Four years ago, I had a conversation about contextualism with Peter Clewes, the Toronto tall-building designer. (He was doing a sleek residential high-rise in the Distillery District that strongly differed, in style and materials, from the rusty Victorian industrial fabric round about.)
Why shouldn’t contemporary architects play the contextualist game, I wondered aloud, and make new structures that bow politely to their elderly neighbours?
“Because they’re wrong,” Mr. Clewes replied. “We need to create buildings of our time. Architecture is a record of where a city and a culture was at a particular time. … The exceptions in the urban framework articulate the city.” Referring to some recent Distillery District towers that had tried hard to fit in, he remarked: “They speak of a time in Toronto when people said, ‘Let’s be apologetic, let’s say we’re not inserting additional density in this precinct.’ This isn’t what we should do now.”
I don’t want to suggest that architects should never vary their approaches to creative problems as they go along. Sometimes they have to change up, simply because the residential developers who employ them bend to the pro-contextualist breezes that occasionally blow in from the market, neighbourhood groups, or the planners and urban designers at city hall.
Still, I was a little surprised recently to find just how context-conscious the formerly militant Mr. Clewes has become – at least when drawing off plans for the new downtown Toronto condominium proposal that he and developer Peter Freed will soon bring before the local community and the city.
Called Sixty Colborne, and slated to fill up a parking lot at that address near the intersection of Church Street and King Street East, the 25-storey, 281-unit complex will rise (if approved) alongside two warehouse and commercial blocks, both finished in 1889. One of them was designed by E. J. Lennox, the eclectic architect of Old City Hall, Casa Loma and other Toronto landmarks.
These buildings should surely be cherished as what they are – attractive traces of the short-lived Victorian vogue for Romanesque styling – but not as anything more important than that. Ponderous, expensive and super-serious, the Romanesque manner would seem to be an unlikely basis for architectural thinking in the 21st century. For Mr. Clewes, however, the fusty old façades next door to his site have become sources of inspiration for a new structure that will occupy a conspicuous spot in Toronto’s downtown landscape.
The buxom, boxy podium of Sixty Colborne, Mr. Clewes told me, will “reinterpret” its neighbours’ ruddy colour and deep openings. The faces it shows the city will be grids of glass strips tinted rusty orange. Like the glazing in the antique structures, the windows of Sixty Colborne’s base will be set sharply back from the outer edge of their frames.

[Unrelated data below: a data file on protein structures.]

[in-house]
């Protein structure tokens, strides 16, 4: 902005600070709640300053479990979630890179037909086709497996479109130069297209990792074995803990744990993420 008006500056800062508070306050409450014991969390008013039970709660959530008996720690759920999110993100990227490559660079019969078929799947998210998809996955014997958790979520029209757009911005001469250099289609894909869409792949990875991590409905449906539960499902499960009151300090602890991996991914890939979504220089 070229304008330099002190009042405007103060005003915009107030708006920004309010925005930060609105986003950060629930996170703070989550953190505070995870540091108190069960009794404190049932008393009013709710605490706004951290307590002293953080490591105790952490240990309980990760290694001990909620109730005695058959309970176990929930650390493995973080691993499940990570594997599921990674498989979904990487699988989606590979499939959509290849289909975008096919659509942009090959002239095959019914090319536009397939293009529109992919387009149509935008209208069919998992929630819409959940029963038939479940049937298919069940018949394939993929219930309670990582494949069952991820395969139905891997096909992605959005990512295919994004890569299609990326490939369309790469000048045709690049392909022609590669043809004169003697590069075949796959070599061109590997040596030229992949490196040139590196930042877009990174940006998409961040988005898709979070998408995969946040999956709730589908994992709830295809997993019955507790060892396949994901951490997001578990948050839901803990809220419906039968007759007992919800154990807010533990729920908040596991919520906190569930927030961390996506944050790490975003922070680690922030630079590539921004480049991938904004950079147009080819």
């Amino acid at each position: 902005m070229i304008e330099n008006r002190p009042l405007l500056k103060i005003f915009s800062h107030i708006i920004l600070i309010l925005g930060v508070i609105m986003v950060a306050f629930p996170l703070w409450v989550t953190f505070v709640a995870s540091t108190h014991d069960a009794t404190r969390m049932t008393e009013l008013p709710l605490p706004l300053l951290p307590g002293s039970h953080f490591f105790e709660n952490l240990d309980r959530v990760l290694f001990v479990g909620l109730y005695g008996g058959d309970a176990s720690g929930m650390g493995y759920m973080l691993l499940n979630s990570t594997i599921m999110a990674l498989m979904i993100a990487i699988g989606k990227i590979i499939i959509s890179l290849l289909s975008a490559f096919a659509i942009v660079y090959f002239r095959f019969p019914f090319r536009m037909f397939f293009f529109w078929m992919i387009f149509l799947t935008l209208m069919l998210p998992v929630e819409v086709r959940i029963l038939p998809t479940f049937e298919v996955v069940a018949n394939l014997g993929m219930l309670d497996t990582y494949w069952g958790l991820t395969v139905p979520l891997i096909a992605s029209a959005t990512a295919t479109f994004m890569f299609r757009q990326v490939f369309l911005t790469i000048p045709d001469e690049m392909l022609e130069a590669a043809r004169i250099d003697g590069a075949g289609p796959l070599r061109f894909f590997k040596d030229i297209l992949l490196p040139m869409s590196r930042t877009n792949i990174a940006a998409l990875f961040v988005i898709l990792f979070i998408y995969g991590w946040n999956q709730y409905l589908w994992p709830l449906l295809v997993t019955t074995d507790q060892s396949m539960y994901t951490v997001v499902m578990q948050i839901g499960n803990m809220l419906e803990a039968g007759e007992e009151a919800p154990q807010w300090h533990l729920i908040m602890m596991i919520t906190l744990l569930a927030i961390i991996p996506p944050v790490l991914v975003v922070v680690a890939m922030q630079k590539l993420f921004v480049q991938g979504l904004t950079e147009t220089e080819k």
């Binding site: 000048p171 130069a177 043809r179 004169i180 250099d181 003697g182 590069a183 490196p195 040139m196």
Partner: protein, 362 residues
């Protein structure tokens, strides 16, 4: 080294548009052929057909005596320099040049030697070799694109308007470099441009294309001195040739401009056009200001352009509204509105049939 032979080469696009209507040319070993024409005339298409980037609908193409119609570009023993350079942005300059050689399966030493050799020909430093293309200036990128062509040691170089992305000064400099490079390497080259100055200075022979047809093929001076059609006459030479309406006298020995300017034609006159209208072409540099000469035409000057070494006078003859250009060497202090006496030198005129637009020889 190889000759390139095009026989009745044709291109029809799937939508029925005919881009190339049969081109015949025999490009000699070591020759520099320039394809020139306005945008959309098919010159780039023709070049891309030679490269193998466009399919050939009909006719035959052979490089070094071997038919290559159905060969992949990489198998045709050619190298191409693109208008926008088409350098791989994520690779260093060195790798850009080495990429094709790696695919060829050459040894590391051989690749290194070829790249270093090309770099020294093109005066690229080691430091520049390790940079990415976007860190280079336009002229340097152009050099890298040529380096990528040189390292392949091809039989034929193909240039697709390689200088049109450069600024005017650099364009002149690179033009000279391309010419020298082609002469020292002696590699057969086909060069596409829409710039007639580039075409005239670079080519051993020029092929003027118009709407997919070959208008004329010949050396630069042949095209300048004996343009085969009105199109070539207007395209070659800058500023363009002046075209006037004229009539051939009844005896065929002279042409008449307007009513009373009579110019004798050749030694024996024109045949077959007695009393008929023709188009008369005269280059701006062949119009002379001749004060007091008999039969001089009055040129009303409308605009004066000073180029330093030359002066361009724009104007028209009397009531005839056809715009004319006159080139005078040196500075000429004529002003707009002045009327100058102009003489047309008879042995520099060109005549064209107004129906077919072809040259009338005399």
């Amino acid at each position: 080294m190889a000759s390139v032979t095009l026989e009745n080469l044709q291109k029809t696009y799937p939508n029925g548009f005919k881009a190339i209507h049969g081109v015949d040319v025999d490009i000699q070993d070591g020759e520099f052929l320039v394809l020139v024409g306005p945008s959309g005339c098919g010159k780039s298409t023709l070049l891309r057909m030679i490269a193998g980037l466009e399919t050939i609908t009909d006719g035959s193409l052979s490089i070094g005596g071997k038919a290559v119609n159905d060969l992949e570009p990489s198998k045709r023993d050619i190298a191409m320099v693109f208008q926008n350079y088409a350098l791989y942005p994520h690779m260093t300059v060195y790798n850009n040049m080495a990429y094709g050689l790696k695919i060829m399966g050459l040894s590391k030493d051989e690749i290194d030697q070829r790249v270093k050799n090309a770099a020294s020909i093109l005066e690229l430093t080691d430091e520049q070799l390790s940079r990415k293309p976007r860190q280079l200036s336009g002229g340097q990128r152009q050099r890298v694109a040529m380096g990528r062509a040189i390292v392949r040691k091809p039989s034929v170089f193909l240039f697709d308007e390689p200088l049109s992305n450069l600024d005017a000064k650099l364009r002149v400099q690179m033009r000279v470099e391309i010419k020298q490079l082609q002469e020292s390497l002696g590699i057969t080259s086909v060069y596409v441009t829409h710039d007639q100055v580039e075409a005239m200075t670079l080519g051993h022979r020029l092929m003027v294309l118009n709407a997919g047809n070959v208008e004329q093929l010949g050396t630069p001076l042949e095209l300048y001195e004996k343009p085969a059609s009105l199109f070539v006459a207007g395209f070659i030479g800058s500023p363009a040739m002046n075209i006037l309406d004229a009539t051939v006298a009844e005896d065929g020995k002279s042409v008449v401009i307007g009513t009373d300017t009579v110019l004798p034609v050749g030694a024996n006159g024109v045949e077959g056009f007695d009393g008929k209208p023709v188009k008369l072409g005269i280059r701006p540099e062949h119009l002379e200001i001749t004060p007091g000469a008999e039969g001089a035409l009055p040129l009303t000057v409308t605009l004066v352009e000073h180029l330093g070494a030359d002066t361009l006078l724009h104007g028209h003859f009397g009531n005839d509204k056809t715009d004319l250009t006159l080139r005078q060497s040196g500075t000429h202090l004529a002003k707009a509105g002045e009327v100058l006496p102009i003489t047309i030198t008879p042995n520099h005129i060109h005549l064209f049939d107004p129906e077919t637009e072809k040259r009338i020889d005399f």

In yet another studious reference to the Romanesque, the architect will have cars enter the project through a broad, ceremonious rainbow arch. The result of these design moves, if renderings are to be believed, will be something that’s formally prim and dull, decked out in a strange and glittering skin – like a post-modern Christmas tree ornament, though not a really delightful one.
So much for the orange podium. Above it sits a flat, oblong, multi-storey glass attic. Then, suddenly, improbably, from one end of this shiny composition sprouts a tower that is as avant-garde as anything Mr. Clewes has ever done. Neat, compact, completely free of allusions to any defunct architectural style, it’s a loose stack of light and dark slabs, some pulled back, some thrusting outward – a well-proportioned tall building (or at least the upper body of one) with distinctive rhythm, flair and swing.
But what’s an interesting modern tower like this doing on top of a Christmas tree ornament?
“It’s a matter of reinventing yourself,” Mr. Clewes said of Sixty Colborne. “I could have done a 40-storey green glass building, something generic. But I am not trying just to be different. I’m trying to make a contextual response.” When I asked Peter Freed to describe his most recent assignment to Mr. Clewes, he said, citing two widely admired modernist high-rises by the architect: Not another 18 Yorkville, not another Spire.
Mr. Freed is one of Toronto’s most active young developers and, we know from his extensive residential revitalization of the old blue-collar district around Victoria Memorial Square, a thoroughgoing modernist at heart. Mr. Clewes is a prolific, talented modernist architect who has fashioned several of the most handsome condo towers to go up in Toronto since the start of the current real-estate boom. For the sake of the city, I hope that both men quickly get over their stylish romance with “context” and get back to doing what they have shown they do best: brightening the city with modern buildings.